Roped into a speaking at a literary festival at the 11th hour, Jason Goodwin reminisces about the old cookbooks his mother wrote and worked from, which are ever-increasingly falling out of style.
Every town worth its salt has a literary festival these days. The best of them are run by powerful women descended from P. G. Wodehouse’s fearsome aunts, incorruptible headmistresses and implacable bishop’s wives. Every year, they cajole, bully or charm quivering regiments of publishers and publicists and make them disgorge writers onto windswept railway stations many miles from home.
Tanya and Venetia are undoubtedly better, fitter and more formidable than any of them, so I sat up when the call came. An acclaimed biographer had cried off, with migraine. It was too late to warn the ticket holders. They needed a substitute speaker, anyone.
When I arrived to be wired for sound, Tanya was already there. ‘You’re a saviour,’ she said. ‘You haven’t heard what I’m going to talk about yet,’ I said. ‘It’ll be wonderful,’ she purred professionally, as the crowd streamed innocently into the ballroom of The Bull Hotel.
A man with a gloomy look objected to the switch, to the point of getting his money back, but, for the most part, the audience knuckled down and faced the music. Having paid for an insight into the Romantic movement and vegetarianism, people were unfazed to learn that they were getting a talk about Jocasta Innes, my late mother, instead.
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‘it’s the complete guide on how to brine and bottle, brew, pickle and smoke. It is, as I intended to say, the perfect Christmas present for young people.’
Not absolutely sure what I would say, I took her classic cookbook The Country Kitchen as my theme. Written in 1979 and republished this month, it’s the complete guide on how to brine and bottle, brew, pickle and smoke, how to make cheese and sausages, chutneys and jams. It is, as I intended to say, the perfect Christmas present for young people.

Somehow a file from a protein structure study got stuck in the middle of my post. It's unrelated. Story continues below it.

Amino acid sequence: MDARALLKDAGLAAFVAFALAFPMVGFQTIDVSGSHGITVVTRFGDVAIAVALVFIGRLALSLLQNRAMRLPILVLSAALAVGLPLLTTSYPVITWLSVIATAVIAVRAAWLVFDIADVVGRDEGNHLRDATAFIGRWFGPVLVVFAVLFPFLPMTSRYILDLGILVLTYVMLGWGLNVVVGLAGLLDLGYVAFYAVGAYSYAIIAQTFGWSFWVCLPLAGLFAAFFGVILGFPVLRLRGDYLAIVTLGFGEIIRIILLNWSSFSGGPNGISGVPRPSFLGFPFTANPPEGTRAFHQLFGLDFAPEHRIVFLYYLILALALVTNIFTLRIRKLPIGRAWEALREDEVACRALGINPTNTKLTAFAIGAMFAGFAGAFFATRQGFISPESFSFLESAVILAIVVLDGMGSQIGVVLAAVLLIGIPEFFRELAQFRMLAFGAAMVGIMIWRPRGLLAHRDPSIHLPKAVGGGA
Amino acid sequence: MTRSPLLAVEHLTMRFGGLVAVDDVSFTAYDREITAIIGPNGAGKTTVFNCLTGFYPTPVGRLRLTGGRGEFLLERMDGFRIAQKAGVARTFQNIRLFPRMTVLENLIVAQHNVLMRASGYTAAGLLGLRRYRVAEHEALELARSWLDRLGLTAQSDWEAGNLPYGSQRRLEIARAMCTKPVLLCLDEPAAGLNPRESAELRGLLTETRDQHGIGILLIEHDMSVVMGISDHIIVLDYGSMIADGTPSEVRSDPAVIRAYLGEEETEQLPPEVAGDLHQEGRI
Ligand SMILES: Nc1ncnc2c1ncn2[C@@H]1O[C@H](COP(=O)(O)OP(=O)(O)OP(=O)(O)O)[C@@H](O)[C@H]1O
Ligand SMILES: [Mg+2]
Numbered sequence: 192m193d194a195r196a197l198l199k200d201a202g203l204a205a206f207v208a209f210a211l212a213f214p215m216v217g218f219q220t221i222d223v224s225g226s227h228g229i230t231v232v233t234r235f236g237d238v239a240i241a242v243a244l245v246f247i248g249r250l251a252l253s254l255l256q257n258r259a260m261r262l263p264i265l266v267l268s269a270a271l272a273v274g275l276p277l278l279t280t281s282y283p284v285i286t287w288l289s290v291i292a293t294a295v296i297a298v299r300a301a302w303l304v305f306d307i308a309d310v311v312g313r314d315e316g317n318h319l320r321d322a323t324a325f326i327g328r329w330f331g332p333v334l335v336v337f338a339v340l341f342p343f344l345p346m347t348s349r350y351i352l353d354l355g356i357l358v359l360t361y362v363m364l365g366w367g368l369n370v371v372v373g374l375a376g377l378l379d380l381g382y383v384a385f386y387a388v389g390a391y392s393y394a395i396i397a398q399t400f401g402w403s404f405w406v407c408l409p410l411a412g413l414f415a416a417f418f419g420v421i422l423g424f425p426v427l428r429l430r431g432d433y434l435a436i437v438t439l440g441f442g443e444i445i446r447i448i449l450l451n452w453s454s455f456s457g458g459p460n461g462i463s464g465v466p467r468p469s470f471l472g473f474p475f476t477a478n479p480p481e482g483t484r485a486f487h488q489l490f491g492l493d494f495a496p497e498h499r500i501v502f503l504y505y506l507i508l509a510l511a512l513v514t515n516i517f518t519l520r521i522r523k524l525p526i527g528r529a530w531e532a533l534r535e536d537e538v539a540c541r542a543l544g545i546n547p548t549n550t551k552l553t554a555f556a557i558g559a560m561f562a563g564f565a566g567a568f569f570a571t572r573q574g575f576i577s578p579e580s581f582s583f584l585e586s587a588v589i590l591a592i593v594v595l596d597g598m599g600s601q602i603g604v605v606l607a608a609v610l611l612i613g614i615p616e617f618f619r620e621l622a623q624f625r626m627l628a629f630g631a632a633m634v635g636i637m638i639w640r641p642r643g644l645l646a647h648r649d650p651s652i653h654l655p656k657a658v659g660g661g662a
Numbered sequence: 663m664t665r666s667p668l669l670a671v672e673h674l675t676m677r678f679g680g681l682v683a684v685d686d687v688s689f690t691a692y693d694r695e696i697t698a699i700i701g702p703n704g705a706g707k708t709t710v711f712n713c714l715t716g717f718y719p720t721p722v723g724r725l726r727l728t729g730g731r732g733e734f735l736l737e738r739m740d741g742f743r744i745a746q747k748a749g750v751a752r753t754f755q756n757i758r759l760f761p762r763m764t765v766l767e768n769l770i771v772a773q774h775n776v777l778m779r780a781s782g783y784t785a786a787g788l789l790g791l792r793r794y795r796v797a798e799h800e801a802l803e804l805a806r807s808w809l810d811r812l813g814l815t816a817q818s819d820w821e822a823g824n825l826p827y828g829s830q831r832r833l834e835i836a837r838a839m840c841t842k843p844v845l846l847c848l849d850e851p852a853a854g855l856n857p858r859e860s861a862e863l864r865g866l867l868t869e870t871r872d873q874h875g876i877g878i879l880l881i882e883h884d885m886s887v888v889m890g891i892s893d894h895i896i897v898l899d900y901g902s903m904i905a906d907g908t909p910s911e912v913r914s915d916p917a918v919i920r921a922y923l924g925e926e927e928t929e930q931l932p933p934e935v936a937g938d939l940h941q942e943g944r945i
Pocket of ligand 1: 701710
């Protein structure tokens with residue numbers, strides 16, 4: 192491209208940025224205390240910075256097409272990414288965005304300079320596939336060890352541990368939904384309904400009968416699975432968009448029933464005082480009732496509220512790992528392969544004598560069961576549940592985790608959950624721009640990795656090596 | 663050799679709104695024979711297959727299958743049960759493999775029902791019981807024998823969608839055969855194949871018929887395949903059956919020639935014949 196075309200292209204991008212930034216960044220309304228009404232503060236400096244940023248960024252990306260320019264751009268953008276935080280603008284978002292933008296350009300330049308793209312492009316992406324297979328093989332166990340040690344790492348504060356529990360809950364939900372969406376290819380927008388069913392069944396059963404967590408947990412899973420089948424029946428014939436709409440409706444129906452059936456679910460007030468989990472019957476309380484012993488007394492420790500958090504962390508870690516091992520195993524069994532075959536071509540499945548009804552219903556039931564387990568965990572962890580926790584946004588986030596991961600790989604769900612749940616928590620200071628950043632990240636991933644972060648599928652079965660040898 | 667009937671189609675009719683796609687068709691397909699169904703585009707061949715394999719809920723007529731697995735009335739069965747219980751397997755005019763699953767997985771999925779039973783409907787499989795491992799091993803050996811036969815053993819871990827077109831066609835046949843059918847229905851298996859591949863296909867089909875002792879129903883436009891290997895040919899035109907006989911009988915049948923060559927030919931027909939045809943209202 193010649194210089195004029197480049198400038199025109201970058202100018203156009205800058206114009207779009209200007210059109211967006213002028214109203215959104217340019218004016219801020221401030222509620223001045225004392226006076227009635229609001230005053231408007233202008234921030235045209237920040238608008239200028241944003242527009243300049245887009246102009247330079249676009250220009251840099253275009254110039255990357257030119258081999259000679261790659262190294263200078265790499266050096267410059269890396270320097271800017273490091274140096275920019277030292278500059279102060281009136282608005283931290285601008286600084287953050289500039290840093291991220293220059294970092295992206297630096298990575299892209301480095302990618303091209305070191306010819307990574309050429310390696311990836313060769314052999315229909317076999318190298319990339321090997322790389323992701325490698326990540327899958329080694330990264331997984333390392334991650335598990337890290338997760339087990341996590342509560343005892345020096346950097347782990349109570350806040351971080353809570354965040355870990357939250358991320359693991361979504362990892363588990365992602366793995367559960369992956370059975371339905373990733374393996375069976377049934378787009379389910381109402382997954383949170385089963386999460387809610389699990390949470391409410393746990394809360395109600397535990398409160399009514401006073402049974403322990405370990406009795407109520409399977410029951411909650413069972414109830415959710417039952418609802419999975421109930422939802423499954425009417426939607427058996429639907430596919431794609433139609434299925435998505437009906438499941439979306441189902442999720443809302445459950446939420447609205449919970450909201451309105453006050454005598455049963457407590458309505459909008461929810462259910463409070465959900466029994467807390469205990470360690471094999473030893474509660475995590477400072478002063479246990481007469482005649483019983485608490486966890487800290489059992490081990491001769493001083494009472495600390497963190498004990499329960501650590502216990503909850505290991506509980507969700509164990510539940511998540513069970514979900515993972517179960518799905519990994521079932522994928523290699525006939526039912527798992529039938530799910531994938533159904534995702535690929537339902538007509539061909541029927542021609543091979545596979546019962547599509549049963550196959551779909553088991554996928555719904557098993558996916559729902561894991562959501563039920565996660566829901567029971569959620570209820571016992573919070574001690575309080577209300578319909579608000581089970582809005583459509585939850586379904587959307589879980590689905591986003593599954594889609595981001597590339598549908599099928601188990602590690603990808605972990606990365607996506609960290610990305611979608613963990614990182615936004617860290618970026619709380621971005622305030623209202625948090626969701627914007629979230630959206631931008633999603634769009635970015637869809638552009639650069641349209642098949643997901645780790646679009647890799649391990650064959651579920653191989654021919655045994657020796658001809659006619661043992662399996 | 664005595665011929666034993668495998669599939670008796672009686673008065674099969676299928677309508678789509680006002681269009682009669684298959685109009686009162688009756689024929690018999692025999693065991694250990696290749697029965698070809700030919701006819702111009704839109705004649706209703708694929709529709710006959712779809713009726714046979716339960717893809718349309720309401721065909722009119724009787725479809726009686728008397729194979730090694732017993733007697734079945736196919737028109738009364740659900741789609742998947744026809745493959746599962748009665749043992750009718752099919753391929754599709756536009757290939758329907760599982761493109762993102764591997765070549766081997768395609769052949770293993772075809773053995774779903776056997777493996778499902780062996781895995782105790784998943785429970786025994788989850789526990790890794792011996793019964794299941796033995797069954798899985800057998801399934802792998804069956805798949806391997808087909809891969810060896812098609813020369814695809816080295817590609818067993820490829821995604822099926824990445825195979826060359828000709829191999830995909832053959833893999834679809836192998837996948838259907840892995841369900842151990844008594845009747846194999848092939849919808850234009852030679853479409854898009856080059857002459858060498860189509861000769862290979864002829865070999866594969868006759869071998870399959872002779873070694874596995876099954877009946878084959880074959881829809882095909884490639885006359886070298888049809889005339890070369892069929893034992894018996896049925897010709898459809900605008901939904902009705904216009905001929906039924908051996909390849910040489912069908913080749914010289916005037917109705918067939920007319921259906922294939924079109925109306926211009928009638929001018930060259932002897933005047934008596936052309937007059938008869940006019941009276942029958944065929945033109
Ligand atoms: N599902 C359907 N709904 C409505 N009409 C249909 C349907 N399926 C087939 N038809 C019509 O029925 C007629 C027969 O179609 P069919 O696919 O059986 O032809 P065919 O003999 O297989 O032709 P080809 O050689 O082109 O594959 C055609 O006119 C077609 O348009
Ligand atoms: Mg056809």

Jocasta was born in Nanjing and I had the photos to prove it. They were black and white, all odd sizes, scanned from the family album: Jocasta with her amah; a huge American car with whitewall tyres in the mud in front of a walled city; and peasant farmers pushing wheelbarrows along a road, each barrow equipped with a small mast and rattan sail. They must have given the barrows a little extra push. My mother would have approved.
She always called herself a peasant: practical, ingenious and a little greedy – greedy people, she always said, made the best cooks. Her first book, The Pauper’s Cookbook, distilled her experience of living on a shoestring and has never gone out of print. It was optimistic and friendly, full of sound advice and recipes that didn’t cost the earth, but The Country Kitchen was the one she most enjoyed writing.
‘Every housewife used to have a notebook in the kitchen, battered and splattered, its pages scribbled over.’
Stewart Walton’s original illustrations show her Swanage kitchen with pots and pans, demijohns on the dresser and buckets, which might have contained brining hands of pork or even nappies, and a bright, wide view across the town to Nine Barrow Down.
She drew, I recalled, on an array of cookbooks by pioneer women, farmers’ wives, scholars or writers stung into print by the lack of information available to women setting up a new home. Florence White and Lucy H. Yates had delved into deep country before the Second World War and Dorothy Hartley in the 1950s; Jocasta’s work was turned from the same mould as Patience Gray and Jane Grigson.
There were still, in country places, traditions of cooking, storing and preserving. Every housewife used to have a notebook in the kitchen, battered and splattered, its pages scribbled over and stuffed with all sorts of good recipes picked up from friends and relations, snipped out of magazines or peeled off the back of tins. A woman laughed at the back: ‘I still keep mine!’
Tanya rose magnificently from the stalls. ‘Just to say we’ll need some time to clear the hall for the next talk,’ she boomed.
I had said some of things I meant to say, but, really, I’d only just begun.
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